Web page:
The Rev. George Clifford writes for Episcopal Cafe about U.S. actions in Afghanistan. Clifford is a former military chaplain.
Increasing violence in Afghanistan represents a significantly different problem than did the violence in Iraq. In Iraq, the recent surge in the number of United States armed forces appears to have produced results. In fact, those results are much more a function of paying Sunnis not to fight (the Awakening Movement), Sunnis and Shiites having largely segregated themselves, Shiites having at least temporarily resolved their internal differences, and growing internal exhaustion and opposition to al Qaeda perpetuated violence. Experts unanimously agree that the United States has never had sufficient troops on the ground in Iraq actually to end the insurgency. Some diminution of violence in Iraq is even attributable to the near unanimous sentiment among Iraqis that the U.S. should leave Iraq. Hence, some Iraqis have exercised restraint, postponing vendettas and attempts to grab power, hoping that the deceptive calm will encourage the U.S. to expedite repatriation of its forces.
In contrast to Iraq, the different characteristics and roots of the continuing violence in Afghanistan include:
• Although Afghanistan like Iraq has no real history as a nation its tribal and ethnic divisions are even deeper and more difficult to bridge than those in Iraq;
• Islam has historically united Afghanis who declare de facto truces in their internal disputes until they succeed in expelling foreign invaders, e.g., the Mongols, the British, the Soviets, and now the United States;
• Afghanistan’s central governments have consistently wielded little power, deferring to regional warlords;
• Geography significantly enhances the ability of Afghan warlords to grab and to keep power;
• Literacy and economic prosperity are at much lower levels than in Iraq, making establishing democracy far less likely than in Iraq (where the effort failed);
• Pashtuns, who comprise 40% of Afghanis, also live in large numbers in Pakistan yet unlike Iraqi Kurds have not achieved any autonomy;
• Afghanistan’s largely rural population adheres to a more conservative form of Islam than do most Iraqis, creating more sympathy for both the Taliban and al Qaeda;
• Afghanis take great pride in eventually ousting from their ruggedly mountainous terrain all foreign invaders for the last fifteen centuries and now view the U.S. and its NATO allies as foreign invaders.
In sum, relatively minor increases in the number of U.S. and NATO forces in Afghanistan (seven thousand or even a hundred thousand) will not permanently alter our inability to impose the regime of our choice on the Afghanis. The Karzai government does not and has not ever had the ability to govern Afghanistan.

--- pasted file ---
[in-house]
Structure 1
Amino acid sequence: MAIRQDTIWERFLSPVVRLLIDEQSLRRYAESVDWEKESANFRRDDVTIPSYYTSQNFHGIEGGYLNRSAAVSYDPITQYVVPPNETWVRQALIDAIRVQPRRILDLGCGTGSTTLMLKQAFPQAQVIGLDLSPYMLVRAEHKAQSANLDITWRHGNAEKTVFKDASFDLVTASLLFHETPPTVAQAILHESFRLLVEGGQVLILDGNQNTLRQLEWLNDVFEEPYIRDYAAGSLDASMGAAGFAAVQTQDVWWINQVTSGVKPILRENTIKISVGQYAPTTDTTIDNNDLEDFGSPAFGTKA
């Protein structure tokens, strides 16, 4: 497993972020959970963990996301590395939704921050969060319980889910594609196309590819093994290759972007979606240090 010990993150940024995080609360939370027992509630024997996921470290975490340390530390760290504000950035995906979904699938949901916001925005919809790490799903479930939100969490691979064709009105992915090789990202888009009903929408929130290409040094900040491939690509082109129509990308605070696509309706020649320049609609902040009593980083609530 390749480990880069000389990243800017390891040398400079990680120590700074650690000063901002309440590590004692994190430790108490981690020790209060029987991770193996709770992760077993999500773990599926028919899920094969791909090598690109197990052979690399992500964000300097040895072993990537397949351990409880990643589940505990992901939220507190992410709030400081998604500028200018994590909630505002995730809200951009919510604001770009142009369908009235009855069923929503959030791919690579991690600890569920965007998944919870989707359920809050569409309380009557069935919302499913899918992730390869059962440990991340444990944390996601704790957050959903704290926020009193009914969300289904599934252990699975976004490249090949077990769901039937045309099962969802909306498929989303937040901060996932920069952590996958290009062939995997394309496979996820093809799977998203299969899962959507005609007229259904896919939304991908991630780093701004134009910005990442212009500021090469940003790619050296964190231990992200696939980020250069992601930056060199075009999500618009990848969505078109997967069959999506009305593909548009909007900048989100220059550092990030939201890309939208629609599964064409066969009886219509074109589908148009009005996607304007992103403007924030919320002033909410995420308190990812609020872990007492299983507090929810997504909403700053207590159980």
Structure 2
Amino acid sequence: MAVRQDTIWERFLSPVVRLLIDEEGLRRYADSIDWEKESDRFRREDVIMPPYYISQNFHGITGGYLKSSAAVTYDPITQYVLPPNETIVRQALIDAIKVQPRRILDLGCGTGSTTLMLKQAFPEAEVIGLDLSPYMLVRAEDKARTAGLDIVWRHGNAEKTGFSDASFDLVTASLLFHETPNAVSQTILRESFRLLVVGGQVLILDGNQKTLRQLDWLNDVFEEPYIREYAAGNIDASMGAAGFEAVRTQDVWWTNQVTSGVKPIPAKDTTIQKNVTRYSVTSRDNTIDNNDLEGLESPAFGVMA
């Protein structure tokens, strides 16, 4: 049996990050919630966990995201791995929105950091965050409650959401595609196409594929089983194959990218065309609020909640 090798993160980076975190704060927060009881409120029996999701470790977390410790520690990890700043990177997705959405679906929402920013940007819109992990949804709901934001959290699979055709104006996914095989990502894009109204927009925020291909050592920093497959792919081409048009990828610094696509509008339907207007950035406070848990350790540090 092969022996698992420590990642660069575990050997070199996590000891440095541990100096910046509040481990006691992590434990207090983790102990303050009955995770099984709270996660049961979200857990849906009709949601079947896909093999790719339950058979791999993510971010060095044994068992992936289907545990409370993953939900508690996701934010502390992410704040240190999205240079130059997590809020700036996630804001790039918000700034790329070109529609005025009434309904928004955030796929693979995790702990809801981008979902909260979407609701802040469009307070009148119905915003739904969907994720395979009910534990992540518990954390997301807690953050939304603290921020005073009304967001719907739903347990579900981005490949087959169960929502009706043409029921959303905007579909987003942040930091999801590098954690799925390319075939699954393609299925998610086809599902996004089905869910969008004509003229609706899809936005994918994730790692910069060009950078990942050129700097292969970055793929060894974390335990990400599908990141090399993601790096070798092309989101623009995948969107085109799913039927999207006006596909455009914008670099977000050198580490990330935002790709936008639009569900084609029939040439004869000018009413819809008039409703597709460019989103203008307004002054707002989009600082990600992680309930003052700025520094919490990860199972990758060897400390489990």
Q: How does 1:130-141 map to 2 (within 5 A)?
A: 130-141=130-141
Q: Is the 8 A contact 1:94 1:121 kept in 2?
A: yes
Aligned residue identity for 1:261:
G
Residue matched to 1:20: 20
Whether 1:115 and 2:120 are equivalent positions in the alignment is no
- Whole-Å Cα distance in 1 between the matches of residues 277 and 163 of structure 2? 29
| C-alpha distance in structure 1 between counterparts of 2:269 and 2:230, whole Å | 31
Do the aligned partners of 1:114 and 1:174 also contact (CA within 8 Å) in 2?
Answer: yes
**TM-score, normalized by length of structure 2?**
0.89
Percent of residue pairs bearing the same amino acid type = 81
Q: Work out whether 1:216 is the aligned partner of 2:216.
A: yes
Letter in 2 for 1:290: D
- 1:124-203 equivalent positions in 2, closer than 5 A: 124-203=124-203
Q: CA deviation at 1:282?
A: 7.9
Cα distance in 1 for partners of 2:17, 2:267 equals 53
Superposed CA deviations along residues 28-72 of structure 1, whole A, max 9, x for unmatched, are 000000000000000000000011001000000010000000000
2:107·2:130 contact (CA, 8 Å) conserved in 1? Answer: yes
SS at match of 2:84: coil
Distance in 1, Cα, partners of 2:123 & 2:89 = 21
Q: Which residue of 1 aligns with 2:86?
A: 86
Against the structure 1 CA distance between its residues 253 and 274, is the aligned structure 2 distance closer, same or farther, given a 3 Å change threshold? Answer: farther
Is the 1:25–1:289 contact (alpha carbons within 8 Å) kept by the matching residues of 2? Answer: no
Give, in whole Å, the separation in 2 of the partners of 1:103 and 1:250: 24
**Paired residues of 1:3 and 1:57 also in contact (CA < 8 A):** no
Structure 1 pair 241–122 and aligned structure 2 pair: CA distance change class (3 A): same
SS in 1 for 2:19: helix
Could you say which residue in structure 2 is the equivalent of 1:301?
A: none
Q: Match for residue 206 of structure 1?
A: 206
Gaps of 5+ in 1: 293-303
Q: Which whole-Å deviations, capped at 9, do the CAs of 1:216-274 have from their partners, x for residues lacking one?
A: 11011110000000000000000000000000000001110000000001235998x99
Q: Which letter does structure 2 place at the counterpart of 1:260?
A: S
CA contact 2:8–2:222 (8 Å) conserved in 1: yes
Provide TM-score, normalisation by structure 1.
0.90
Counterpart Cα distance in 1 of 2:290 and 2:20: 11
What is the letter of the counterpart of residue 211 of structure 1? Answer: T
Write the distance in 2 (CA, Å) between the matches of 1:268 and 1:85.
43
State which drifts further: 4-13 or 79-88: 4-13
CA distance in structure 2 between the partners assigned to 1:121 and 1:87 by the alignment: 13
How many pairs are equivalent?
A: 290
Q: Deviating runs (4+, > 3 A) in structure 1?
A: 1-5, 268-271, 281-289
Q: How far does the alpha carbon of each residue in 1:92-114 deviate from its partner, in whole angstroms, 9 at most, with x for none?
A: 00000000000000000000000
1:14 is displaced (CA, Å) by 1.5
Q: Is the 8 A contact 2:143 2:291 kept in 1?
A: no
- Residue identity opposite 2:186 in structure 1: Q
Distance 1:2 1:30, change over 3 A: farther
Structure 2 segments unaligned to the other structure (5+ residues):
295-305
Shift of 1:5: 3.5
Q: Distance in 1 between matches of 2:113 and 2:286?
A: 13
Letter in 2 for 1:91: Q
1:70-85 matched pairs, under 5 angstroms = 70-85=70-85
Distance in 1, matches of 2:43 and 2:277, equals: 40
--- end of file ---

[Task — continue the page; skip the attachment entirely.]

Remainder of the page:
From a moral perspective, the U.S. needs to take several important steps. First, the U.S. must begin to speak the truth about the situation in Afghanistan. The elections did not create democracy. Without external backing (money and military might), the Karzai government would either openly function as one among several warlords or have ceased to exist. Second, the U.S. needs to focus on the primary reason it invaded Afghanistan, that is, to destroy al Qaeda. Third, the U.S., through the application of excessive force intended to protect its own military personnel, increasingly alienates Afghanis. The recent acknowledgment that an attack on the Taliban resulted in thirty plus noncombatant deaths is only one example of this. All humans are of equal worth in God's sight. A military operation that requires valuing U.S. lives above those of others cannot satisfy the just war criteria of proportionality (the good achieved outweighs the harm done) and of noncombatant immunity (only attack enemy combatants).
In view of the above, the U.S. must rapidly develop an exit strategy that will minimize the loss of life on all sides. Prolonged occupation of Afghanistan lacks both moral justification and a reasonable chance of success, however one might define that term. Concurrently, the U.S., NATO, and their international partners should employ force to apprehend or destroy morally legitimate targets (e.g., Osama bin Laden and al Qaeda training camps). This use of force must always satisfy a high moral standard (attacking only well-identified targets, inserting and then quickly removing troops once the attack is completed, balancing force protection fairly with the imperative to protect non-combatants, etc.). Adhering to this pattern of operations demonstrates that the U.S. does not want to occupy Muslim territory, does not want to impose Western culture on Muslims, but will defend itself against terrorists in a forcefully and morally appropriate manner.
The Rev. George Clifford, Diocese of North Carolina, served as a Navy chaplain for twenty-four years He taught philosophy at the U. S. Naval Academy and ethics at the Postgraduate School. He blogs at Ethical Musings.